The U.S. House of Representatives is moving forward with updating the three-decade-old Electronic Communications Privacy Act (ECPA). The new bill, called the Email Privacy Act (H.R.) 699, should require a judicial warrant for any digital data request for electronic private communications from the government.
The EPA has already gathered almost three quarters of the members of the House as co-sponsors for the bill, which shows strong support in the House for privacy reform. Rep. Bob Goodlatte, who is the Chair of the House Judiciary Committee, scheduled a committee meeting on Wednesday to move the bill forward.
When the bill was last discussed, it contained some strong features such as having the government notify the users of a service when the company holding their communications received a warrant, but also some less desirable provisions such as exceptions for law enforcement to request data during "emergencies."
The problem with such provisions is that they eventually tend to get abused for situations that are nothing like an emergency, and it would be up to the companies to fight the government in court when they think the warrant isn't appropriate.
In a new amendment proposed by Goodlatte, called the Manager's Substitute Amendment, there wouldn't be anymore “carveouts” for law enforcement in emergency situations. However, the amendment seems to have made a “compromise,” and also eliminates the warrant notice from the government. The good news is that companies would still be allowed to notify their users about the warrant if they want to.
It still makes little sense that digital privacy isn’t as protected as real-world privacy is by U.S. laws simply because it’s easier for law enforcement to not offer those protections. When law enforcement wants to search your house, you are automatically notified that they want to do it because you see them coming to your house.
However, in the digital world, it seems okay for the government not to do that because it’s not asking for the data directly from you, but from the entity holding your information--the same entity that you have entrusted to keep your data safe from any unauthorized party.
The EFF and other organizations decided that although they don’t like this change in the EPA, the elimination of the emergency request exception is a net benefit for users of online communications services. The coalition containing tens of organizations and companies sent the Committee a letter in which they show their support for the Manager's Substitute Amendment:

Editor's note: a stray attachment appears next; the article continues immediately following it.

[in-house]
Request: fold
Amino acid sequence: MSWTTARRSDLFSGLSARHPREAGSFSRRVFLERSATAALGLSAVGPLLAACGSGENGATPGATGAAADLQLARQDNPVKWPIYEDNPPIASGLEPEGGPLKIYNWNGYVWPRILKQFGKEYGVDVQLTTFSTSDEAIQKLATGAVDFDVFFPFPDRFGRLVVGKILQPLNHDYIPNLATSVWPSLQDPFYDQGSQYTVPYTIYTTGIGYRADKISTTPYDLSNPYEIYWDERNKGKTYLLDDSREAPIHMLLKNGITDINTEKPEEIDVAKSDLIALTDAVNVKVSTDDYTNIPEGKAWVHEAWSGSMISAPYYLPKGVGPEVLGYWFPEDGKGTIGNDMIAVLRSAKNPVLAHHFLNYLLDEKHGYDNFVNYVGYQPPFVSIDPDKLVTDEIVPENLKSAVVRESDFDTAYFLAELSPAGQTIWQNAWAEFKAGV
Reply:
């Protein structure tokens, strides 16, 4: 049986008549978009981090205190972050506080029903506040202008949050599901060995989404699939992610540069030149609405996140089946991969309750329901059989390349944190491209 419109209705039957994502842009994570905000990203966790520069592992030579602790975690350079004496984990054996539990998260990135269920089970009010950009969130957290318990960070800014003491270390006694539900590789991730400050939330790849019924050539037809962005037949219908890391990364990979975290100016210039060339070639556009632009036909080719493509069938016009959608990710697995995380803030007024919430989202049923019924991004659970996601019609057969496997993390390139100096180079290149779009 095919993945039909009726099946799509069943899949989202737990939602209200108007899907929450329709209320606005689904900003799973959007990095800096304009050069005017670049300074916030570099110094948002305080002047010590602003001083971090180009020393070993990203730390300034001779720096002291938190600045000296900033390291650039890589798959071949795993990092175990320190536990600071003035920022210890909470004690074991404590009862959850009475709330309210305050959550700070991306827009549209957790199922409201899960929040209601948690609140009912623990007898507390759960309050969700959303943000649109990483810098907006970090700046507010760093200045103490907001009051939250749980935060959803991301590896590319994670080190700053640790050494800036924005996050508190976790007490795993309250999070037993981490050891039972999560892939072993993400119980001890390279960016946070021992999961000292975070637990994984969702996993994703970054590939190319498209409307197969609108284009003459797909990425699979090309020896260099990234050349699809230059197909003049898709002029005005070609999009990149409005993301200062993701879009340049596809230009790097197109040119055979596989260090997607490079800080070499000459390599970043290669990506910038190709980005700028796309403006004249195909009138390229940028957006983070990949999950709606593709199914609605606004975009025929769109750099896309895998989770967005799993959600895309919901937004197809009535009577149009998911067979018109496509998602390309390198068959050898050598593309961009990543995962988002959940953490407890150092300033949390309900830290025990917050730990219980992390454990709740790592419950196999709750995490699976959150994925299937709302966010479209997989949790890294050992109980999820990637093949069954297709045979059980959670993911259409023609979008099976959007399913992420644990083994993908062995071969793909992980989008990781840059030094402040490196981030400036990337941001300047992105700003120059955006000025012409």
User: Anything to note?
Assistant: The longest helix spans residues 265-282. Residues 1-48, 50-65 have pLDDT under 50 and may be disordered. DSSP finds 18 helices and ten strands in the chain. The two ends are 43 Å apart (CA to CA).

"We, the undersigned civil society organizations, companies and trade associations, write to express our support for the Manager’s Substitute Amendment to the Email Privacy Act (H.R. 699). As amended, the Act updates the Electronic Communications Privacy Act (ECPA), the law that sets standards for government access to private internet communications, to reflect internet users’ reasonable expectations of privacy with respect to emails, texts, notes, photos, and other sensitive information stored in 'the cloud,'" said the group in an open letter to the House Judiciary Committee.
The EFF also supports Rep. Zoe Lofgren’s Online Communication and Geolocation Protection Act (H.R. 656) and Rep. Jason Chaffetz's GPS Act amendments, which would require a warrant for geolocation data, and it would also give courts permission to throw out evidence obtained through illegal means in a criminal case.
The EPA also eliminates the 180-rule from the old ECPA law that allowed the government to obtain emails that were more than 180 days old. It would also reject the DoJ’s interpretation of the law that allows it to request any email that has been “opened” without a warrant.
The bill should pass through the House Committee today, after which time it’s expected to receive a vote on the House floor, in the next few months.
Lucian Armasu is a Contributing Writer for Tom's Hardware. You can follow him at @lucian_armasu.